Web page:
If he is to be king, he will need to convince all of them that Mesh must fight the greatest war in all the ages of Ea – the culminating war in a great, cosmic struggle that has gone on for untold ages of the universe. How is he to do that? He begins by learning the name of every warrior in his army: more than ten thousand of them. This seems an impossible feat. Only through the power of his silver sword – its silustria opens his mind to memory – does he accomplish it. It takes him days to hear all the warriors speak their names one by one and for him in turn to speak his name to them. In giving voice to who they really are, in gazing at each other’s bright, black eyes, they are really giving each other love.
So many instead have opposed Val with hate. Even some of his own countrymen, at first, try to stop him from being king. Lord Tanu vies with him for the throne. So does Lord Tomavar, who challenges Val to a duel and tries to cut him in two with his murderous sword.
The other Valari kings do not want to see Val become Lord of Mesh. They fear the swords and spears of the incomparable Meshian army – as they do the firestone that Val’s friend, Maram, wields. Even more they fear what Valashu Elahad, as king, might require of them.
Morjin, of course, will do anything to slay his young enemy. He gathers the armies of many lands to invade Mesh and to exterminate the whole Valari people. He gets help from his master, the Baaloch, imprisoned on the world of Damoom. Through a hole in the earth known as the Skadarak, this fallen god sends a swirling blackness called the Ahrim to slay Val.
The inspiration for this dark, mysterious, deadly force I drew fromForbidden Planet. In that classic movie, an alien race called the Krell has developed a fantastically powerful array of machinery to instantiate the workings of the mind. That which the mind can conceive can take form as matter or be applied as energy. The power of the Krell gives new meaning to the old saying: be careful what you wish for lest you get it.
In Forbidden Planet, a human scientist named Dr. Morbius has learned the secrets of the Krell. However, he has not learned its real danger: the Krell’s machinery sets loose the dark energies of his subconscious mind. These “monsters from the Id” then nearly destroy visitors whom Morbius perceives as a threat – and that which Morbius loves most along with them.
I did not intend the Ahrim to be a monster created deep within Val’s mind. The Baaloch creates the Ahrim out of the universe’s dark, nihilistic energies; Val takes no part in that. But the Ahrim possesses a strange property: it has no power to harm Val other than what Val gives it. The more he fights it and hates it, the more it harms him.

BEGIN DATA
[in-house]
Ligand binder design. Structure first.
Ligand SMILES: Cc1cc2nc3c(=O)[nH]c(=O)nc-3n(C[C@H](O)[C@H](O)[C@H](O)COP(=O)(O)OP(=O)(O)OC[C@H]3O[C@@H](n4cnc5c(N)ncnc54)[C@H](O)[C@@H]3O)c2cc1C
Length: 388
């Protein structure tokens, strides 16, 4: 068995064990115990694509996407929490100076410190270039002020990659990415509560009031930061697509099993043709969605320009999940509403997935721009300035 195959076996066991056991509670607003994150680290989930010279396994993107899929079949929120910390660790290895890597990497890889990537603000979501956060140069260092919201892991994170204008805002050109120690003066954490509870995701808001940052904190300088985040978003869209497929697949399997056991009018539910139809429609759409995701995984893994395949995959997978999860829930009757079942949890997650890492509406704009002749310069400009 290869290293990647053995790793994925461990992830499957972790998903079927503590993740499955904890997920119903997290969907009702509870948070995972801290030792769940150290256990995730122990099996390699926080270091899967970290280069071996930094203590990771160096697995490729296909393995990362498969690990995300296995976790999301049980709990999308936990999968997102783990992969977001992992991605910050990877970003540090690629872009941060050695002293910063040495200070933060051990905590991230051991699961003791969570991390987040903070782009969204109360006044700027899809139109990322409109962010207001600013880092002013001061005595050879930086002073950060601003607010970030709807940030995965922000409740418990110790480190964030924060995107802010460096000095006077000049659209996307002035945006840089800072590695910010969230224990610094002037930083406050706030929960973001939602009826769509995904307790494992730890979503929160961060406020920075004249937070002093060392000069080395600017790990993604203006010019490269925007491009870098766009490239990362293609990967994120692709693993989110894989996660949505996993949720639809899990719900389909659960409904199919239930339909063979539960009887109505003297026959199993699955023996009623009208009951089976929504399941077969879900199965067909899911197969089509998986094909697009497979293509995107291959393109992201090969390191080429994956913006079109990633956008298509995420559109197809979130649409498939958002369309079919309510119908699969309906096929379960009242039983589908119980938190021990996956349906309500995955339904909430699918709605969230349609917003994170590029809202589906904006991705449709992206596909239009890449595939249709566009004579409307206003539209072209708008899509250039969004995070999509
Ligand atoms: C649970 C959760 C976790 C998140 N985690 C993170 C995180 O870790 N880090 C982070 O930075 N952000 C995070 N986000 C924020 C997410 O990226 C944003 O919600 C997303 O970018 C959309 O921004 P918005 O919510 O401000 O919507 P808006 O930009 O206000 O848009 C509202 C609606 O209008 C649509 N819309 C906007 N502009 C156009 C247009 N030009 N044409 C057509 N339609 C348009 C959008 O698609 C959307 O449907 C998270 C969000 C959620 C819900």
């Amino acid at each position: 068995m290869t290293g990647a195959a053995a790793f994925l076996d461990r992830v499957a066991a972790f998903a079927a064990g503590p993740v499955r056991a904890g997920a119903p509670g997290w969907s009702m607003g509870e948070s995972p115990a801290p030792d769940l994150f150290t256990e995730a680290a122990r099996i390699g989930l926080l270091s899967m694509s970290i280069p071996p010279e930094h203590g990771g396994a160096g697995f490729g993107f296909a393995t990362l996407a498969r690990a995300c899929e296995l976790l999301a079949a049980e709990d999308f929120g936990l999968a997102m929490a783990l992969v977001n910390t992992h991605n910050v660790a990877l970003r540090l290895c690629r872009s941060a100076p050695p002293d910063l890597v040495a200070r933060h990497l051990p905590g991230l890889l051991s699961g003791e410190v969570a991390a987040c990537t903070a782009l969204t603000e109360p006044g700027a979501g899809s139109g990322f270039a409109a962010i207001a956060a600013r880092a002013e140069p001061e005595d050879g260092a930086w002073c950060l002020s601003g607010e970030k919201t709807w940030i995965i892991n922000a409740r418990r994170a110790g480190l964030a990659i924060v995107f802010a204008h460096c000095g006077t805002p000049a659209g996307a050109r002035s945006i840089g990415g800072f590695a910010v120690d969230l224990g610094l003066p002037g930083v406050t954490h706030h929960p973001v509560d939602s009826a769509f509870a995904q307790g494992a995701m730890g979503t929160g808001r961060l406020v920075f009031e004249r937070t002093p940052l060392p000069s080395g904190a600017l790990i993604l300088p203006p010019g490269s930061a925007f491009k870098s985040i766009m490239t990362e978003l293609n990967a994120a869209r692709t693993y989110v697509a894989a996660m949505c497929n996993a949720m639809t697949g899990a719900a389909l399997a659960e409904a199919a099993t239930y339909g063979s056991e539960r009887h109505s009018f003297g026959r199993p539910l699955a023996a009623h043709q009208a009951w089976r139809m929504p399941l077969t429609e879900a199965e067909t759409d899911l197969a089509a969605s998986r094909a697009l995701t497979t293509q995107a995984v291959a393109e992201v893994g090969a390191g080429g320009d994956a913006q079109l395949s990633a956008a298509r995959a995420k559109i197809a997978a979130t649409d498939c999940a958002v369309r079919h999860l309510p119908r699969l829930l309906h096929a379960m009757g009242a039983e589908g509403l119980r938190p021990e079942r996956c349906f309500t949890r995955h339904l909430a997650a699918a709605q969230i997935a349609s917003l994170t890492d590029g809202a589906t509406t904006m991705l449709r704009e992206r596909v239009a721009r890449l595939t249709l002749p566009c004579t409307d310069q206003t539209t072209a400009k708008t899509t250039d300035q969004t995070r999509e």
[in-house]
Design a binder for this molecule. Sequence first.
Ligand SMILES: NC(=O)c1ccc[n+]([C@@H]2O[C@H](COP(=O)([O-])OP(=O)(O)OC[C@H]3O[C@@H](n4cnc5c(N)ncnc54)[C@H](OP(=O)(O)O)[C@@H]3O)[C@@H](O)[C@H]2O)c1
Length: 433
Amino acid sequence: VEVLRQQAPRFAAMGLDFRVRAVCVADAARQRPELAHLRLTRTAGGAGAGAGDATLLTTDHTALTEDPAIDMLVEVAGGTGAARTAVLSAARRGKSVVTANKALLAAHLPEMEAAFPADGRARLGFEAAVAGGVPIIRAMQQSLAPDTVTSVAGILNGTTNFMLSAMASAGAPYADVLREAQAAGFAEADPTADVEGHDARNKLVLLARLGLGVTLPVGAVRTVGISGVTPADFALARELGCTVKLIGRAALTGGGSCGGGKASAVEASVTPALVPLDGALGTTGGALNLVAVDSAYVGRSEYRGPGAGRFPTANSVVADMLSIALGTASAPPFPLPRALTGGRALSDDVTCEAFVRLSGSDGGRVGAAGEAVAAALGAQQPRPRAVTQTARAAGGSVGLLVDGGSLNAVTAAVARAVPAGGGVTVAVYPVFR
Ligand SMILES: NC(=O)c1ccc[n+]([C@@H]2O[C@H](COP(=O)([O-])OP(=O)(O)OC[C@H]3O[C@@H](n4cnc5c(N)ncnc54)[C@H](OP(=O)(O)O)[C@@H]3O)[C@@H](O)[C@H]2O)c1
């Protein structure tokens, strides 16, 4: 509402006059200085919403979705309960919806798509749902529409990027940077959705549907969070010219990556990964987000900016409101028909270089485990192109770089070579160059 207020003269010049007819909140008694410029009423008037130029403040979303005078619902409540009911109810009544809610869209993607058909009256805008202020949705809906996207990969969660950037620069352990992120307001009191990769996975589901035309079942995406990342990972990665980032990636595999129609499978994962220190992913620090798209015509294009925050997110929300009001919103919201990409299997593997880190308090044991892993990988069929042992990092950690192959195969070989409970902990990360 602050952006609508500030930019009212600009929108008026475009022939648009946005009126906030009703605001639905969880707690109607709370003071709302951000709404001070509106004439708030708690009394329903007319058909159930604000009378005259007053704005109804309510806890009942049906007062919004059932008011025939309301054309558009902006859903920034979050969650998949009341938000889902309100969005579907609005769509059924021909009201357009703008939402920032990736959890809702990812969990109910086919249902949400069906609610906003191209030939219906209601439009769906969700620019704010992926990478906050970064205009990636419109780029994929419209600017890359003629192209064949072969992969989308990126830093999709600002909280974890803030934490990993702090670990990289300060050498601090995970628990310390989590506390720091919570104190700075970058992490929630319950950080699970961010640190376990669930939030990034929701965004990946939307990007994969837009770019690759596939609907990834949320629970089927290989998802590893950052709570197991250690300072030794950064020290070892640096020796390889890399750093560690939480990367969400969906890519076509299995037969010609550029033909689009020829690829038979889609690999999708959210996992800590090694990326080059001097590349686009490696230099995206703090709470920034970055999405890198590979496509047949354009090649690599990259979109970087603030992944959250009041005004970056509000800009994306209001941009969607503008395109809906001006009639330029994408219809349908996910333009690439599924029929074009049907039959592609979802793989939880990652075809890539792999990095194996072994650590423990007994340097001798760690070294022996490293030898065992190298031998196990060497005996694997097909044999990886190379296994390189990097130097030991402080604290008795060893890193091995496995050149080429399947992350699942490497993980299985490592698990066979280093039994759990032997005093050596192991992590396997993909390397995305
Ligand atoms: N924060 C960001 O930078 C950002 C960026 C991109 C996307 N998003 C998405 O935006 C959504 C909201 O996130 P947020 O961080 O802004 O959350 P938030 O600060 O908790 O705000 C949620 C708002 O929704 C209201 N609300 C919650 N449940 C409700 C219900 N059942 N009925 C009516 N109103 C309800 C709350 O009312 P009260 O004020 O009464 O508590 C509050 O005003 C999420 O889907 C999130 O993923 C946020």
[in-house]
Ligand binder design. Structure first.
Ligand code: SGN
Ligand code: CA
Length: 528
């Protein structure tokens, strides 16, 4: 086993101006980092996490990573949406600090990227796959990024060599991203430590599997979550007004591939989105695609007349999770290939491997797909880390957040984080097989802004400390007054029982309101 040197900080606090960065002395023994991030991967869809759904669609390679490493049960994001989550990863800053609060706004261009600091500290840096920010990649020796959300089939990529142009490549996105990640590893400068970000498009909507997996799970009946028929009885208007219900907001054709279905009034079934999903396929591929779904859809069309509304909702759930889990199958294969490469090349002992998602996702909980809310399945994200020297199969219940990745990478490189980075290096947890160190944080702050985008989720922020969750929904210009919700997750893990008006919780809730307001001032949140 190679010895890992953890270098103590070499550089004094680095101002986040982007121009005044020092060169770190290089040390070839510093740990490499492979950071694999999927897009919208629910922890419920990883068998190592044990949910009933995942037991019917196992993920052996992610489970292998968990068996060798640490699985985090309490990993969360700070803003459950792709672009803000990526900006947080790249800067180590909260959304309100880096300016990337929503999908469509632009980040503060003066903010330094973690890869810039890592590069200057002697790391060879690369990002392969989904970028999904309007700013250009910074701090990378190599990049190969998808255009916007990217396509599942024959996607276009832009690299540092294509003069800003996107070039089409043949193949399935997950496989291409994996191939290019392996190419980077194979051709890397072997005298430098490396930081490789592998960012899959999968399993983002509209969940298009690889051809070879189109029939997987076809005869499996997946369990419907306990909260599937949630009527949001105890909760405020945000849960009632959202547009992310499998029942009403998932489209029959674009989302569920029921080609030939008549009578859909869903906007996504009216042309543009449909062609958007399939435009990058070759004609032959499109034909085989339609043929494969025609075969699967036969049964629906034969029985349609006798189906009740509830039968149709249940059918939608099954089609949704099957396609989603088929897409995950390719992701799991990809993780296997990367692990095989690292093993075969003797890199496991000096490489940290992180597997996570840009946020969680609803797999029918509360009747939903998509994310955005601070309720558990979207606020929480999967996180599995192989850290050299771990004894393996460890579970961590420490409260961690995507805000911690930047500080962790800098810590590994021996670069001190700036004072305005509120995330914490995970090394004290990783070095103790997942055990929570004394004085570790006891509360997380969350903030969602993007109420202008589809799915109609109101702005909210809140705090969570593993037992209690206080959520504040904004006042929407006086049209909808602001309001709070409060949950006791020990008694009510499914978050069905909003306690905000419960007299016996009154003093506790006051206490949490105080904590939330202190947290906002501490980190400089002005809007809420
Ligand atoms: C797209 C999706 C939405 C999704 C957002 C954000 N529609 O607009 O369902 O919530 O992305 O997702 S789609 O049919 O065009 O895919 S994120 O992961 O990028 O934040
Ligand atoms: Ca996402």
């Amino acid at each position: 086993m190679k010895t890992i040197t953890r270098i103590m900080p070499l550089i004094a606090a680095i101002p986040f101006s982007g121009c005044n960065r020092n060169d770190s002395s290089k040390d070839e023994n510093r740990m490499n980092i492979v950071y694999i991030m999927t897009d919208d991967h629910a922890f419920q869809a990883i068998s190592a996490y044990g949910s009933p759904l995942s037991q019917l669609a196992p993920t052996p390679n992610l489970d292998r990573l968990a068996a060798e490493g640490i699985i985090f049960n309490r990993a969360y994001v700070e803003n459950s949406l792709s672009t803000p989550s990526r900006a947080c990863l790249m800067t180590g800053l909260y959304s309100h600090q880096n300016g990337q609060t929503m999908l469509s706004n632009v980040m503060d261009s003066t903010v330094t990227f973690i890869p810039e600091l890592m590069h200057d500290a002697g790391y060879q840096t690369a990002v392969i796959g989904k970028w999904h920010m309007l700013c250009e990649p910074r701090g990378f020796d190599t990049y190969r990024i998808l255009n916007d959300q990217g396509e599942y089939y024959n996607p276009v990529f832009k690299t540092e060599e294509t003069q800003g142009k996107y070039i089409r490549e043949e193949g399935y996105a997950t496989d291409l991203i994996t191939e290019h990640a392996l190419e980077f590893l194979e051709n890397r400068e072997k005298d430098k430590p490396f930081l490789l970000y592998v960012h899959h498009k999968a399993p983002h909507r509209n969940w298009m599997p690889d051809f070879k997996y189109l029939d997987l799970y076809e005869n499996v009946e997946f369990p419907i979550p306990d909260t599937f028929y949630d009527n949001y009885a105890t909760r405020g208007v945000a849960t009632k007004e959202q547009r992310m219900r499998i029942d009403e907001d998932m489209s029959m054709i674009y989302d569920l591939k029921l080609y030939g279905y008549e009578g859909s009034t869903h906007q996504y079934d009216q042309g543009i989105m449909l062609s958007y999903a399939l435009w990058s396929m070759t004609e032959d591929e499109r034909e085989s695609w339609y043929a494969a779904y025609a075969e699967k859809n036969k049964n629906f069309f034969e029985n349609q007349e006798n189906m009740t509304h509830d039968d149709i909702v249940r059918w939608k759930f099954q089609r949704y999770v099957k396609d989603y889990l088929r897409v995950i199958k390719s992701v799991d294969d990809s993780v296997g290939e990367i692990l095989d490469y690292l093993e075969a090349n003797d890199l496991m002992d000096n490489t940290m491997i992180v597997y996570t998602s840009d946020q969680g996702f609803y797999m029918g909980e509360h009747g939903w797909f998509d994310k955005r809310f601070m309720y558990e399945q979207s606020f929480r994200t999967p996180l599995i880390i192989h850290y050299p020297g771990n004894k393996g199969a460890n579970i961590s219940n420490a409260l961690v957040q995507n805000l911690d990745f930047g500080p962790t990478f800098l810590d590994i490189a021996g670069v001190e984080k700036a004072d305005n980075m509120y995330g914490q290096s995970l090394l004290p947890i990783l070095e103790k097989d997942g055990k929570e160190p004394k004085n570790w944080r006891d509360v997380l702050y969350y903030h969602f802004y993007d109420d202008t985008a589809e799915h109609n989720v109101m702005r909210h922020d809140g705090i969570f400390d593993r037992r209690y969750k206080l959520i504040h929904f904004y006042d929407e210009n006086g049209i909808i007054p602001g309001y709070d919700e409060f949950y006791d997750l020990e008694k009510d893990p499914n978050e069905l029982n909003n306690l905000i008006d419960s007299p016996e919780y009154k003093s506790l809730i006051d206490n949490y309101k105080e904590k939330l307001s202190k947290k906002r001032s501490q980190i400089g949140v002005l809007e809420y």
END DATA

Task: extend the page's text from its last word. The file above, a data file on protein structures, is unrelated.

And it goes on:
So it goes with Morjin. As in many stories about good vs. evil, Val learns the danger of opposing evil too completely: we become what we hate. Val may fight Morjin, he might even kill him, but he must not hate him.
In fact, as he learns to his horror, according to a prophecy he cannot doubt, he must find a way to love Morjin. Only through a deep sense of identity born of compassion will he be able to completely understand Morjin. And only then will he be able to wield the valarda – the force of his soul – to defeat him.
It took a long, long time for this sentiment to work its way into my heart. More than thirty years before, I had heard the Moody Blues’song, The Balance, and these words:
And with his eye of compassion
He saw his enemies like unto himself,
And he learned love.
Then, he was answered.
So, then, love really is all we need. And heroes like Val really can save the world. I have to admit that I hesitate writing words like that, just as I thought very hard before writing this series of novels. Save the world? How presumptuous! How cliché!
And yet every moment we act heroically, every moment we say “yes” and take risks or pains to accomplish something good, even in the smallest of things such as sacrificing sleep to care for our children, we fill that moment with an imperishable brightness. Every time we fight for goodness, truth and beauty and live for love, we create something perfect and eternal. In this we are like the Galadin in creating the world out of the stuff of their own bodies. And in creating, we gain a stake in preserving, and in preserving we save. In the end, we all do save the world for our children and for our children’s children’s children.
Who does not, secretly, want to fight the good fight? Who does not want the good inside to win out? How can we live without splendor?
A true king understands the deepest purpose of our kind. He knows that we are all warriors, made of pure diamond. And ultimately, we are all born to be kings, for that is what it means to be human.